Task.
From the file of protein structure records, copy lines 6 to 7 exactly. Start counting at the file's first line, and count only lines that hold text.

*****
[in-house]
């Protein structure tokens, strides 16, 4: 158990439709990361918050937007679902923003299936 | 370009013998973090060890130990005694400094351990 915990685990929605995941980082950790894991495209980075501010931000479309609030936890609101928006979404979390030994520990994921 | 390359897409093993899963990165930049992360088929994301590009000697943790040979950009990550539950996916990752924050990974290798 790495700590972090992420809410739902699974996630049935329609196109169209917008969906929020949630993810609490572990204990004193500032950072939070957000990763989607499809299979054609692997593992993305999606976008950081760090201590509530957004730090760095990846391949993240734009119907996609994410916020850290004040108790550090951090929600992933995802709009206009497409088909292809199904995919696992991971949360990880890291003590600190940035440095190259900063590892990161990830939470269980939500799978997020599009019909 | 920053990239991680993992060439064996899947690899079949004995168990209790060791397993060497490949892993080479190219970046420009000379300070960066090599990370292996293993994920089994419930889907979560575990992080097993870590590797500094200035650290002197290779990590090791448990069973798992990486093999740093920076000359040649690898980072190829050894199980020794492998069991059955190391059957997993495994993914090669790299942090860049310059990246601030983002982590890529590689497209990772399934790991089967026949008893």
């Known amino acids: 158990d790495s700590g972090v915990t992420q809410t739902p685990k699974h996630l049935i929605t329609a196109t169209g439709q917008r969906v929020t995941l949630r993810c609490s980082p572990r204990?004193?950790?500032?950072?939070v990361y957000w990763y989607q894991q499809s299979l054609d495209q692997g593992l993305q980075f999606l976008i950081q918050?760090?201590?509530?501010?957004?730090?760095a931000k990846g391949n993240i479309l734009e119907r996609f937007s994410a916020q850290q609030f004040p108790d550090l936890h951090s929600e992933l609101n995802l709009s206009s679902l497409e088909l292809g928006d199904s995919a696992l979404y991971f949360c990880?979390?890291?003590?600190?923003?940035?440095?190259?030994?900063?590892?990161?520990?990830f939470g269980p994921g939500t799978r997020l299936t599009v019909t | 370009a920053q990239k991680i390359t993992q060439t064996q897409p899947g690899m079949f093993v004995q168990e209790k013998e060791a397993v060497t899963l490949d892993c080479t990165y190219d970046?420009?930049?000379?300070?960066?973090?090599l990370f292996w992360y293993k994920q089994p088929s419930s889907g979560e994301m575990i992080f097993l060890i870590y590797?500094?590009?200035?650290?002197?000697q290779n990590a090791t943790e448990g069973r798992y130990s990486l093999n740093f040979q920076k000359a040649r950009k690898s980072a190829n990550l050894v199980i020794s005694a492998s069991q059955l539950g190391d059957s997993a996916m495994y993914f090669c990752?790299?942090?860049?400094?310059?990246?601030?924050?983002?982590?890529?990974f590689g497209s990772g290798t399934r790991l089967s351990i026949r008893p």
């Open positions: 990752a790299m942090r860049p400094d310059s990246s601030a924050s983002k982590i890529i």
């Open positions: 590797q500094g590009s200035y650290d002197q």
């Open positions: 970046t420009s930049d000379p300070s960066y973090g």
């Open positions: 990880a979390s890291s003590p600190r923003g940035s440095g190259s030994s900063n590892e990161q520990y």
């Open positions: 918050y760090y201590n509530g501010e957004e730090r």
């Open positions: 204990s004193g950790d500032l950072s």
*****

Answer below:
């Open positions: 970046t420009s930049d000379p300070s960066y973090g």
């Open positions: 990880a979390s890291s003590p600190r923003g940035s440095g190259s030994s900063n590892e990161q520990y």